6th April

In a fresh south-easterly there were high hopes for the sea today, although ultimately there was perhaps less to show by way of rewards than might have been expected. The Bill and Chesil were well watched with the former only scoring slightly higher total by virtue of longer coverage; the dawn to midday tally at the Bill was 201 Common Scoter, 98 Sandwich Terns, 75 Manx Shearwaters, 10 commic terns, 9 Red-throated Divers, 8 Arctic Skuas, 7 Red-breasted Mergansers, 7 Whimbrel, 4 Puffins (that looked like passing migrants rather than an out-of-the-blue increase in the local population), 2 Garganey, 2 Shovelers, a Black-throated Diver and a Great Skua, whilst a shorter watch at Chesil came up, amongst others, 123 Sandwich Terns, 6 Arctic Skuas, 6 commic terns, 4 Arctic Terns, 3 Mallard and singles of Garganey, Gadwall, Little Gull and Common Tern. An Osprey passed over at the Bill during the afternoon and Swallows were moving in their highest numbers so far this spring (including a brief sample count of 46 in 15 minutes along West Cliffs at the Bill) but grounded migrants remained stubbornly thinly spread, with only Chiffchaffs at all conspicuous; 2 Short-eared Owls, the Green Woodpecker, a Black Redstart and a Firecrest were the only minor oddities at the Bill.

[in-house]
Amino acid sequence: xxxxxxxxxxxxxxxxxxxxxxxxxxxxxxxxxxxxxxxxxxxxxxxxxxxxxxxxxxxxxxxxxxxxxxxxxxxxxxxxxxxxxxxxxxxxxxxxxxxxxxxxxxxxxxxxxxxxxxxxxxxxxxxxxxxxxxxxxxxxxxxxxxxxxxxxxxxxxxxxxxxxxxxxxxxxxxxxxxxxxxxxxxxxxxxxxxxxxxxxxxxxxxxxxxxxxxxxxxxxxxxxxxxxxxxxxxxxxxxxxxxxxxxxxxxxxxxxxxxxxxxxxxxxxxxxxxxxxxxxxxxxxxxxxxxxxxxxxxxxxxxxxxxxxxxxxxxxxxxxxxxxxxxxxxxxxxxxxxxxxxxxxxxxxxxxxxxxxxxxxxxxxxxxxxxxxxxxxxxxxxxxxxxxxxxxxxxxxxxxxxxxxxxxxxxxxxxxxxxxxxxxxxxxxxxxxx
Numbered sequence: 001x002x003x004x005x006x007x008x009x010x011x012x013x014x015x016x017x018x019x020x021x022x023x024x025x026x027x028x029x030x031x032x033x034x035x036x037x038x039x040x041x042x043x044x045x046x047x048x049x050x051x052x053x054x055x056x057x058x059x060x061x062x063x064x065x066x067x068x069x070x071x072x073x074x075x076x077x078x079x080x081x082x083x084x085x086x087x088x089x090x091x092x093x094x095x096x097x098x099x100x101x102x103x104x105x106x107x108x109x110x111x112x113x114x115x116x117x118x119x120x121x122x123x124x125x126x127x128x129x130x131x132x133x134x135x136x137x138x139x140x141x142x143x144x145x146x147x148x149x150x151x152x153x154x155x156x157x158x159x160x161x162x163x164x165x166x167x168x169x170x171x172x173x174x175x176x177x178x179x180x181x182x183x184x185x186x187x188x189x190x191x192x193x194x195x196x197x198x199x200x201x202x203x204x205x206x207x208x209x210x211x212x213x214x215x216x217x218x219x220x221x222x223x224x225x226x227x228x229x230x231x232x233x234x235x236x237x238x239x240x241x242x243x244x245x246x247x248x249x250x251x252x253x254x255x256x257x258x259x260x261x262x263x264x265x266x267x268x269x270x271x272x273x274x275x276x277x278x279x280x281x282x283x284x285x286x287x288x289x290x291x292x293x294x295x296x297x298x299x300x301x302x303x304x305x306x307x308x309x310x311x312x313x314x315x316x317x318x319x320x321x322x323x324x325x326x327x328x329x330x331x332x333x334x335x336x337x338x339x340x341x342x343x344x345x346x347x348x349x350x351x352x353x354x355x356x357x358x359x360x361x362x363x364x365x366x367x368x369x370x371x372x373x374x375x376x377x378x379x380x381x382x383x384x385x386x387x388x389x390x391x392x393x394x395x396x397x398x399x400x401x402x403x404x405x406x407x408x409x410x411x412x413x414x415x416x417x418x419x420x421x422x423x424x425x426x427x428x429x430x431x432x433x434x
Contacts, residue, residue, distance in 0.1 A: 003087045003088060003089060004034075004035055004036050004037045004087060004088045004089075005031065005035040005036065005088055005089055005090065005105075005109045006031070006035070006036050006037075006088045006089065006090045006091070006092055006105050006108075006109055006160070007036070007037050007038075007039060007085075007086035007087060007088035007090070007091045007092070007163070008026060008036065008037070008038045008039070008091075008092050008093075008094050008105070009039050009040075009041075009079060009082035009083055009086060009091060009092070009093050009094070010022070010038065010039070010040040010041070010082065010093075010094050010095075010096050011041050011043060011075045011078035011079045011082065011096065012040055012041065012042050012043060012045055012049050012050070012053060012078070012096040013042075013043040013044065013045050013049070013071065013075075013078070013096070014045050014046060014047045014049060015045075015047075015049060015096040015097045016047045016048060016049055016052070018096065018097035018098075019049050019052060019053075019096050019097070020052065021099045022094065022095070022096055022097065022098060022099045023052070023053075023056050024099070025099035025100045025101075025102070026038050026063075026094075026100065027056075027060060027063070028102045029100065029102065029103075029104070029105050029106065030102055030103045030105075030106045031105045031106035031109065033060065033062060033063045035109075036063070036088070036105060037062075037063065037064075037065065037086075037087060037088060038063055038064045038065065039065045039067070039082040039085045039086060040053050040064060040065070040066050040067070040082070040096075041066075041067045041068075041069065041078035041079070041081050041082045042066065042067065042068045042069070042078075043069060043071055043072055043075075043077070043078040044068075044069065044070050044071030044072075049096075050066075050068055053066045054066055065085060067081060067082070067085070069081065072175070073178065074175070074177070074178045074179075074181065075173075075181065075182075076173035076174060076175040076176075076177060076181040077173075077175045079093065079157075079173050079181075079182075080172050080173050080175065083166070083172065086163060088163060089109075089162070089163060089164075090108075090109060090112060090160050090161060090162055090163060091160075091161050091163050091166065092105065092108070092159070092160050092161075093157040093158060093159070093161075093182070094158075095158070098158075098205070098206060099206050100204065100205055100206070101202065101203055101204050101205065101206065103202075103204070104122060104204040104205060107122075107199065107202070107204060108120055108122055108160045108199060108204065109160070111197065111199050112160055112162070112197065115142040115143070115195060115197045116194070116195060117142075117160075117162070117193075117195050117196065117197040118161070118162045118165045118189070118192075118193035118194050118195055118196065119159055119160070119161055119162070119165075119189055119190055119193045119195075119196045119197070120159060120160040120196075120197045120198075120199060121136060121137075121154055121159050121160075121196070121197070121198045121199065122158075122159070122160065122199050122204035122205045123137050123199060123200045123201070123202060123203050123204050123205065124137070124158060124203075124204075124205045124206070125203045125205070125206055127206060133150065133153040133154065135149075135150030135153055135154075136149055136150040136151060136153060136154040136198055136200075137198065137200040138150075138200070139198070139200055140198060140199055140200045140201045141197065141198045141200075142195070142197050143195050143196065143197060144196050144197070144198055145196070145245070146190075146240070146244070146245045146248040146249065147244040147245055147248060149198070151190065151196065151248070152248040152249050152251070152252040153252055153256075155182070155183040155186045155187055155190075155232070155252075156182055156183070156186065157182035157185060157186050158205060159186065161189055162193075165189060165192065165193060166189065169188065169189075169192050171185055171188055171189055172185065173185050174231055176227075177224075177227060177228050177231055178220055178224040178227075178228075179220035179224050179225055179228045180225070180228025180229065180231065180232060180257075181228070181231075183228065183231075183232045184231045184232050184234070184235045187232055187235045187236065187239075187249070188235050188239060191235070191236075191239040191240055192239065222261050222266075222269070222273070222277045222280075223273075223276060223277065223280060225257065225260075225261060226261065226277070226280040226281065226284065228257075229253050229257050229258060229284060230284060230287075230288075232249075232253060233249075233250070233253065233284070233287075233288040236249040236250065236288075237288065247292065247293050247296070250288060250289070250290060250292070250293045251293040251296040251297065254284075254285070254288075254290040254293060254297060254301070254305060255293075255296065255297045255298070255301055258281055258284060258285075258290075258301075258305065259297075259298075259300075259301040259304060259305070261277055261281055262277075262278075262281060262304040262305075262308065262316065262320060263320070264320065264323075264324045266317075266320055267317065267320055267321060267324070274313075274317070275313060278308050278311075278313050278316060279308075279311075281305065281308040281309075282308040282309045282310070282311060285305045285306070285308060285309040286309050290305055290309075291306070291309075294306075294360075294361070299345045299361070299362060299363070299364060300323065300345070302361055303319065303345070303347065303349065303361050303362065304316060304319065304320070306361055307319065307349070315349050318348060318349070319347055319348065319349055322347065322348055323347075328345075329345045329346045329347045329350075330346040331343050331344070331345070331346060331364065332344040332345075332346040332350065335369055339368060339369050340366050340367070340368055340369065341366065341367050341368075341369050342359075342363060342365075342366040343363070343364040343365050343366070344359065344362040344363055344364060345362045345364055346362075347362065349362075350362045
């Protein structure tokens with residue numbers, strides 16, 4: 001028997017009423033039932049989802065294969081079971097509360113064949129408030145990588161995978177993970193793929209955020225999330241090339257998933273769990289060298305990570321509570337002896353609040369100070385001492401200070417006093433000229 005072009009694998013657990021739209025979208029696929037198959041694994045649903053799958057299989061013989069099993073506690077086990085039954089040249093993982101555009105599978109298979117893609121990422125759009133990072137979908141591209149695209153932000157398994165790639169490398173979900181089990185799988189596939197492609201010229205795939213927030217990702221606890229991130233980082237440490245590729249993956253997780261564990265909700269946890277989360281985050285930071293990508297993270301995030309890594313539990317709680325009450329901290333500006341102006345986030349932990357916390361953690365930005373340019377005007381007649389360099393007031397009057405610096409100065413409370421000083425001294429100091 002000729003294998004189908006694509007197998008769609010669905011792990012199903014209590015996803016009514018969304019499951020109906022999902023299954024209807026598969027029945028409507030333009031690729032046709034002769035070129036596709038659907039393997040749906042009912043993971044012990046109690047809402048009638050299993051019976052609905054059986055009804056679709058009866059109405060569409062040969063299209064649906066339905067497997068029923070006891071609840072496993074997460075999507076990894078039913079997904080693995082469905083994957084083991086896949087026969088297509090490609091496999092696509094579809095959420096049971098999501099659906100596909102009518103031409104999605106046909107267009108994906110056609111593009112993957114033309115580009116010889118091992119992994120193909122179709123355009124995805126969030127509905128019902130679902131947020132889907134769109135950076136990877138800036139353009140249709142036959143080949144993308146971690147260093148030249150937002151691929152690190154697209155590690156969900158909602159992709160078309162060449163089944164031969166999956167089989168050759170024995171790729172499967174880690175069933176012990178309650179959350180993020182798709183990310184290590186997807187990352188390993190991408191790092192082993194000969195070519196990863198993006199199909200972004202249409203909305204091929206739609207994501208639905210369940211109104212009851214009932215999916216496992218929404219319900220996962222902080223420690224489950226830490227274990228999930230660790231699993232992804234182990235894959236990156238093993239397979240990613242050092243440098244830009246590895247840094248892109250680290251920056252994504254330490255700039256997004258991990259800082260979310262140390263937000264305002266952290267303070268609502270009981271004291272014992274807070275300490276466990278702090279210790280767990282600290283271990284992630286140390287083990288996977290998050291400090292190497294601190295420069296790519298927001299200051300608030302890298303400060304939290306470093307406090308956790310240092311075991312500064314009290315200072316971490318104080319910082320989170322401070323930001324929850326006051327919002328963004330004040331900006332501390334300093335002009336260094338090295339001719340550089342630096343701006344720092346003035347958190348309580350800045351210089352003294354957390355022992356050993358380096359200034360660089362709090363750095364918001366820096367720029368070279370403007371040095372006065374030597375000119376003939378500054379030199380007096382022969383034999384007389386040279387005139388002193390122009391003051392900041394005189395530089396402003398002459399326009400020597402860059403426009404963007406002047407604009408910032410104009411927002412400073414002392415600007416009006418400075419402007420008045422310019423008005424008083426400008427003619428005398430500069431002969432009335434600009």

Common Scoters and Red-breasted Mergansers passing the Bill this morning © Mike Trew: 

At the fifth time of asking we finally broke our duck with seeing/photographing an Osprey this spring when this one appeared between the Obs and the Higher Light during the afternoon © Martin Cade:  

The Green Woodpecker was still about but was hardly giving itself up easily © Martin Cade: 

There was a time when singing Greenfinches dominated the spring soundscape at the Obs but their sad demise (...there isn't a single one within earshot of the garden this year) has coincided with the arrival of Pheasants on the scene, with the latter's advertising 'song' and wing-flicking now characteristic sounds of the season © Martin Cade: